S&P downgrades Mexico sovereign rating to BBB, from BBB+
Adds comments from S&P, background, peso's movement
March 26 (Reuters) - Credit ratings agency S&P on Thursday lowered Mexico's sovereign credit rating to BBB from BBB+ due to an expected economic hit from the coronavirus pandemic and a plunge in oil prices, piling pressure on the government to lift the struggling economy.
"The pronounced COVID-19 and oil price shocks, in our view, exacerbate Mexico's already modest growth," S&P said in a statement.
Mexico's economy is already in recession and the coronavirus crisis and falling crude prices have battered the outlook.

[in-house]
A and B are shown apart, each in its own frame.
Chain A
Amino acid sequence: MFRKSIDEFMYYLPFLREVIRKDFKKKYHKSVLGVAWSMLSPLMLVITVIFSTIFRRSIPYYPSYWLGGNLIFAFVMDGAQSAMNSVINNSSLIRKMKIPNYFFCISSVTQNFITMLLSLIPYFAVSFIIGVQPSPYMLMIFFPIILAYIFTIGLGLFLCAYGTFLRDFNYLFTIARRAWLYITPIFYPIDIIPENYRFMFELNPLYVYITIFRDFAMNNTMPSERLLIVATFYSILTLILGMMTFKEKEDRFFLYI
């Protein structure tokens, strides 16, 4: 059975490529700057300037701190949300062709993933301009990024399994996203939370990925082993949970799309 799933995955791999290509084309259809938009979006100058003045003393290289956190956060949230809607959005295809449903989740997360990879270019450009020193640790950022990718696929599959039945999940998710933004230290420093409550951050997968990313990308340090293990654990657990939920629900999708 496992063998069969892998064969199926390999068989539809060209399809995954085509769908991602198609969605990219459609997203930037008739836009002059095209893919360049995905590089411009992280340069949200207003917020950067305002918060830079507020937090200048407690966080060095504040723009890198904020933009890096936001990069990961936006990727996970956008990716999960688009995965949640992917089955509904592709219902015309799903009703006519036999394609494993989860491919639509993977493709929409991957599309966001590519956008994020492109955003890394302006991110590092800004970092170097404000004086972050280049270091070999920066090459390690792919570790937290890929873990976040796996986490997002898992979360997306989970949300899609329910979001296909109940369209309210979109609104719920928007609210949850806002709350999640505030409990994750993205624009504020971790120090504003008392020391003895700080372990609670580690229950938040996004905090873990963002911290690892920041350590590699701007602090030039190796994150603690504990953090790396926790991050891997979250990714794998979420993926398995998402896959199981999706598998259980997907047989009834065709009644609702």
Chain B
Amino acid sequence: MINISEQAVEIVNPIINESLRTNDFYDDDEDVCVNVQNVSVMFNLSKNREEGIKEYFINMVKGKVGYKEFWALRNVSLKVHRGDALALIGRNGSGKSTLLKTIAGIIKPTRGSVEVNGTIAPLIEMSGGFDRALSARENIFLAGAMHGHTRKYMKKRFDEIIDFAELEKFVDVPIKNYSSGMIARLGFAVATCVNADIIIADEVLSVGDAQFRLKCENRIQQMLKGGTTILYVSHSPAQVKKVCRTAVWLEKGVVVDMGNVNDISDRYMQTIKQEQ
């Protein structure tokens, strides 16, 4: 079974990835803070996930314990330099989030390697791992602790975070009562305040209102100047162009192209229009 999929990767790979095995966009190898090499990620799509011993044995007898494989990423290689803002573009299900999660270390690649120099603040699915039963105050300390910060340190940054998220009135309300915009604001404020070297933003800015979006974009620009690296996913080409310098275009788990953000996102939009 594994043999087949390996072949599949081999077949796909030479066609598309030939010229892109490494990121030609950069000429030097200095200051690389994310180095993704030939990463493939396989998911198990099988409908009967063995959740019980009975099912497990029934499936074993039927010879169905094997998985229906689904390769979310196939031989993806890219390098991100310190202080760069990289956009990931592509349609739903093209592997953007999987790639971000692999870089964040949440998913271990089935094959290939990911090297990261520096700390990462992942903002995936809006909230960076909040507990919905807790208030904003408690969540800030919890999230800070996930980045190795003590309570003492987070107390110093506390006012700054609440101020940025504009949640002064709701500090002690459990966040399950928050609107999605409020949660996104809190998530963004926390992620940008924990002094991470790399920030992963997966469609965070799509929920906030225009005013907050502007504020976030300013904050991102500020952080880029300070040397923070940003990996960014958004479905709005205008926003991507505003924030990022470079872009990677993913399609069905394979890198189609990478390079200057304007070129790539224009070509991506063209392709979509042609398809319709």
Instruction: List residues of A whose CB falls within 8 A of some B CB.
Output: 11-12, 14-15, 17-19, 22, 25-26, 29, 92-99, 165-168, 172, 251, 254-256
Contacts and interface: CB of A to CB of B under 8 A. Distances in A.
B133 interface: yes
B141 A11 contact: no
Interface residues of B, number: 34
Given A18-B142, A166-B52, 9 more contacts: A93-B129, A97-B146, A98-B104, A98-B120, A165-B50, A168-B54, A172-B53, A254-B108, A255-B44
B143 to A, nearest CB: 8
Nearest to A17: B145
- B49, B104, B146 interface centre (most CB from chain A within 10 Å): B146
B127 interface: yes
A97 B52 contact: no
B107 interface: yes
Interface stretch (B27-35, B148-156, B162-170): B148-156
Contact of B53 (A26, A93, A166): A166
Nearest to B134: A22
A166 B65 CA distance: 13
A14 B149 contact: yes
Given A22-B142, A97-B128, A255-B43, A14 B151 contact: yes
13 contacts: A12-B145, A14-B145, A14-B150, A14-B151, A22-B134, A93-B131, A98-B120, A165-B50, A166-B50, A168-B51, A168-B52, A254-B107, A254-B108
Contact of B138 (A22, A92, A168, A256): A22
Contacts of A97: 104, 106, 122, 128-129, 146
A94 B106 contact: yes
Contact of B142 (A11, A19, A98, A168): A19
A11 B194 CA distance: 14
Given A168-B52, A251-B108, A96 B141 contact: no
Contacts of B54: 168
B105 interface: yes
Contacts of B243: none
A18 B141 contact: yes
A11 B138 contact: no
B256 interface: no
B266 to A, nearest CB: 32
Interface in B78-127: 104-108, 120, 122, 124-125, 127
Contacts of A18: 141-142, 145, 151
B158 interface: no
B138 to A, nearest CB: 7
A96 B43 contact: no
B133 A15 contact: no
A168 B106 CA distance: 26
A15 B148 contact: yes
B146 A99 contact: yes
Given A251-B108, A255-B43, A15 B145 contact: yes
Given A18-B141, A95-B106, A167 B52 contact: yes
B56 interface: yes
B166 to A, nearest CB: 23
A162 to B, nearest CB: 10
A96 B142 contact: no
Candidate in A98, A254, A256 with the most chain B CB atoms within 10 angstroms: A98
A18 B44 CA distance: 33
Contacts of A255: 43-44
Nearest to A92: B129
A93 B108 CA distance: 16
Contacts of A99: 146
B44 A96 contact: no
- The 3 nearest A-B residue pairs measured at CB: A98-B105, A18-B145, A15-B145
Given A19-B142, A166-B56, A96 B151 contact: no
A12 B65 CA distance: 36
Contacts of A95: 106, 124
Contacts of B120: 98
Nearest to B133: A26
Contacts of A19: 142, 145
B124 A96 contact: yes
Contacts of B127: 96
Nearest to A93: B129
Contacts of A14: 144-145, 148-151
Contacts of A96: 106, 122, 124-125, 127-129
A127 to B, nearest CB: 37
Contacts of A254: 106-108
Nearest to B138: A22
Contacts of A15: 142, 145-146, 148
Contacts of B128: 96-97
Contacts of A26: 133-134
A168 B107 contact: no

S&P said it expected Mexican gross domestic product (GDP) to decline between 2% to 2.5% in 2020 and then rebound in 2021 by a little over 2%.
"The downgrade reflects our revised expectations that real per capita GDP growth will remain below that of peers with a similar level of economic development," S&P added.
S&P put Mexico's outlook on negative and lowered its long-term local currency sovereign credit rating to BBB+ from A-.
Mexico's peso MXN= dropped over 1.6% against the dollar following the downgrade.
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(Reporting by Noe Torres and Anthony Esposito; Editing by Lisa Shumaker)
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